June 1: The United States requested that Hezbollah member Ali Mussa Daqduq be extradited from Iraq to the United States. Daqduq’s attorney Abdulalmehdi al-Mutiri said, "The Americans have no right to get him; whatever they claim that he did, it would have happened on Iraqi soil and that means he is under Iraqi jurisdiction.”


June 1: Hezbollah Secretary General Hassan Nasrallah called on the Syrian group responsible for kidnapping a number of Lebanese Shia to release their hostages. "If you have a problem with me, there are many ways we can solve it and on many levels. If you want war we can solve it with war, if you want peace then we can solve it in peace," said Nasrallah.


May 31: The Syrian rebels holding Lebanese Shia pilgrims demanded that before they release their hostages, Hezbollah Secretary General Hassan Nasrallah must apologize for his statement saying that the hostage taking would not change Hezbollah’s stance on the situation in Syria.


May 31: Syrian National Council Executive Branch President Georges Sabra stated that the Syrian people will not accept Hezbollah after the group’s continuing support for the Assad regime.


May 29: Head of Hezbollah’s Loyalty to the Resistance Bloc Mohammad Raad met with Turkey’s Ambassador to Lebanon Inan Auzildise. The two discussed the issue of the kidnapped Lebanese Shia currently being held in Syria. Following the meeting Auzildise asserted that Turkey continues to work to free the kidnapped Lebanese citizens.


May 29: Senior Hezbollah official Sheikh Atallah Hamoud welcomed a delegation of Palestinian Liberation Front officials to Beirut. The two sides discussed the importance of uniting Palestinian efforts to develop a cohesive strategy to address the “suffering of the Palestinian people, who have been exposed to killing, encirclement, displacement, and the Judiazation of Jerusalem.”


May 27: Deputy Head of Hezbollah’s Executive Council Nabil Qaouk denied that Hezbollah fighters have been or will ever be present in Syria. Qaouk added that Hezbollah’s mission is to defend Lebanon. "Hezbollah is here to protect Lebanon from descending into the Syrian quagmire,” said Qaouk.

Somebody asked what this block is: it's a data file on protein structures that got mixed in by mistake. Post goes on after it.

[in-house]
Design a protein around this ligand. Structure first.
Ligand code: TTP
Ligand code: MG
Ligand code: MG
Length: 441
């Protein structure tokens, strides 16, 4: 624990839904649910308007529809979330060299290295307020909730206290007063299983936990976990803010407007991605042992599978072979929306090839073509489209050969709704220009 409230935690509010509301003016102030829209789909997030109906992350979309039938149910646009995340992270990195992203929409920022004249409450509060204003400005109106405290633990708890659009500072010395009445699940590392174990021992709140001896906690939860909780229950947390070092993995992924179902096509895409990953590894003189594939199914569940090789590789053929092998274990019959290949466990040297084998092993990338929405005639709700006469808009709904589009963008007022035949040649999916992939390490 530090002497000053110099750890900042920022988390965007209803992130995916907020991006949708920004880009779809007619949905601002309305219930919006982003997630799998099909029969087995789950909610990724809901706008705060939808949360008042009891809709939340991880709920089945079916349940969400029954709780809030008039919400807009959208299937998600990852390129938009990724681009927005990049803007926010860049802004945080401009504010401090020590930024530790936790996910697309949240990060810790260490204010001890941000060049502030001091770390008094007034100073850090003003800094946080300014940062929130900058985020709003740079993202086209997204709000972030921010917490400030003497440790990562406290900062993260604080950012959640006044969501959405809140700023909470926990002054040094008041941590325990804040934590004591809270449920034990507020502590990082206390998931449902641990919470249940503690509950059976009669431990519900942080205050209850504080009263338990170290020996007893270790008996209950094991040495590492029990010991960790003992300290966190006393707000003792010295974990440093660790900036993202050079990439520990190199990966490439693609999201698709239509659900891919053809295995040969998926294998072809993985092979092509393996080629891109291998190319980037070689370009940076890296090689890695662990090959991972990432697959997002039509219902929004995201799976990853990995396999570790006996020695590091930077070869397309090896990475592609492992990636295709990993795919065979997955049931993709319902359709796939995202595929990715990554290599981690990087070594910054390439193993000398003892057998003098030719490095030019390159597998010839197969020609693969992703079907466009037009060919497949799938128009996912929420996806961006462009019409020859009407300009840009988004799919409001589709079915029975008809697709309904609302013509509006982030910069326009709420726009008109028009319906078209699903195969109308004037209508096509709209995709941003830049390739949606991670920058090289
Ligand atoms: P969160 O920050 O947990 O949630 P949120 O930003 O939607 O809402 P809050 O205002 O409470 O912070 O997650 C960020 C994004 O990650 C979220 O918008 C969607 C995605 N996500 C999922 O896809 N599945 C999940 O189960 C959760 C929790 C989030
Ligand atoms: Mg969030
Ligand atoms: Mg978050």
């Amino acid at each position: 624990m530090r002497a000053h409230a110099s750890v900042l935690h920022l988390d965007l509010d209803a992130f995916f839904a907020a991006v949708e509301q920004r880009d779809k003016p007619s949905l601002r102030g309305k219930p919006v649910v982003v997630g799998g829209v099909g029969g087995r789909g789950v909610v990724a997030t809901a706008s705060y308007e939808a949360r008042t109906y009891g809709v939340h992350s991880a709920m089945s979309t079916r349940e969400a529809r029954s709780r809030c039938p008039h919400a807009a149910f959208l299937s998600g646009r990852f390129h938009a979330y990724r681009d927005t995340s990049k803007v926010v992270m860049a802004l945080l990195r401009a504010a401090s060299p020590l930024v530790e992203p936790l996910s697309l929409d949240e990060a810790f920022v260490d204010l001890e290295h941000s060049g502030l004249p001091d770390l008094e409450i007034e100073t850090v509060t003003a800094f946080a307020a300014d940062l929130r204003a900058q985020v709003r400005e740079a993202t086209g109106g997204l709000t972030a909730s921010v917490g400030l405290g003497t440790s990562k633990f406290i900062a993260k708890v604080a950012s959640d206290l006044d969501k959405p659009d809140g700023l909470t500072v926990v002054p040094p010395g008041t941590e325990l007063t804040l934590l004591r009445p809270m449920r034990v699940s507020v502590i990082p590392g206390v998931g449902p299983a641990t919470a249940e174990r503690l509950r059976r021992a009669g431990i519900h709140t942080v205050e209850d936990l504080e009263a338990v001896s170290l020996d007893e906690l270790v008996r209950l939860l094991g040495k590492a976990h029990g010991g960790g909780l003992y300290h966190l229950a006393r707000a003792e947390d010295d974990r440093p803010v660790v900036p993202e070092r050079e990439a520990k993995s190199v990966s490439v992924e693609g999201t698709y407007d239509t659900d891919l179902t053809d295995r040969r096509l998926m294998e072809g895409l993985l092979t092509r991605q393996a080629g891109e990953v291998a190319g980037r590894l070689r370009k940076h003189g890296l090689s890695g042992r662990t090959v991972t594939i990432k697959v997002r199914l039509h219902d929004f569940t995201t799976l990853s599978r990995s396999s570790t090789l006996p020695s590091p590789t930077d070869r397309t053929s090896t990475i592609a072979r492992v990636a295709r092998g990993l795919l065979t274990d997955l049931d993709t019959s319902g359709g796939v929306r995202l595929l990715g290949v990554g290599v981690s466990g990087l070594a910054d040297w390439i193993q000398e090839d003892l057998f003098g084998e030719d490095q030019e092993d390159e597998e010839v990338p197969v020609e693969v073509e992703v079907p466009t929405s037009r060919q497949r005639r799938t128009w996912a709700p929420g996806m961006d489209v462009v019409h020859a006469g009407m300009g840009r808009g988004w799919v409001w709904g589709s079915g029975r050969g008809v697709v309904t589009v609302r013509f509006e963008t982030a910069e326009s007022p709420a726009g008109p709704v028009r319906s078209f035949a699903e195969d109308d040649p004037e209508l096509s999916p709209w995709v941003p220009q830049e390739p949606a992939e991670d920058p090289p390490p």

May 25: Hezbollah Secretary General Hassan Nasrallah called for a Lebanese national dialogue without preconditions. “As for those who want the Cabinet to resign first, they seek power and not dialogue,” said Nasrallah.


May 25: Lebanese Forces Leader Samir Geagea expressed doubt that a national dialogue will be held in Lebanon due to Hezbollah’s reluctance to negotiate on the status of its weapons. “The components for dialogue are not available at the moment,” said Geagea.


May 24: Lebanese Progressive Socialist Party leader Walid Jumblatt stated that Hezbollah must “integrate” its arms into the state in order to avoid armed conflict. “We have to ask [Hezbollah] if they would be willing to discuss the issue of their weapons and [decide] weather they would have them fall under the command of the state,” said Jumblatt.


May 24: Deputy Head of Hezbollah’s Executive Council Nabil Qaouk called on the March 14 coalition to turn its weapons on Israel and support the resistance effort. “[I] urge March 14 to recognize that the [2000] liberation was an achievement by all Lebanese and that Israel is our enemy and that the resistance's strategy is a national need to continue liberating and protecting our sovereignty,” said Qaouk.


May 24: Hezbollah’s head of International Relations Ammar Moussawi asserted that the state of Hezbollah’s arms in not up for negotiation. "The weapon that gave Lebanon achievements, especially in May 2000, and the July 2006 confrontations, and guarantees a balance of deterrence with the Zionist entity, will not become a matter of compromise, because it is owned by this nation and the Lebanese people," said Moussawi.


May 23: Hezbollah MP Ali Ammar announced that Hezbollah has brokered a deal to release the 13 hostages currently being held in Syria. Ammar also stated that Hezbollah enlisted the help of several Gulf countries and Turkey in the negotiations. “We’ve been promised they will be released,” said Ammar.


May 22: Following the outbreak of violence in Beirut, Hezbollah MP Nawar Sahili accused the Lebanese Future Movement of constituting a militia. “The tragic events which resulted in the death of several Lebanese [in Beirut] confirm that the Future Movement is a militia in every sense of the word,” said Sahili.


May 22: Hezbollah Deputy Secretary General Naim Qassem called the Grand Mufti of Lebanon to offer Hezbollah’s condolences over the deaths of Sheikh Ahmad Abdel Wahed and Wahed’s bodyguard Mohammad Hussein Merheb.


May 22: Lebanese Future Bloc MP Atef Majdalani blamed Hezbollah and groups aligned with the Syrian government for the outburst of violence following the death of Sheikh Ahmad Abdel Wahed. “Our [people] cleansed their area of these groups, and this is a victory for the residents of Tariq al-Jedided [who can now] live peacefully without being provoked,” said Majdalani.


May 19: Former Lebanese Prime Minister Saad Hariri argued that weapons are Hezbollah’s weakness and reiterated that the Assad regime in Syria will collapse.

May 17: Hezbollah member and political advisor to Hassan Nasrallah, Hussein al-Khalil, blamed the recent violence in Tripoli on sectarian tensions. Khalil also stated that Hezbollah does not have information sounding the arrest of Sunni religious leader Shadi al-Mawlawi. “[What happened in Tripoli] was the outcome of sectarian tension – stirred by some factions whether [intentionally or not],” said Khalil.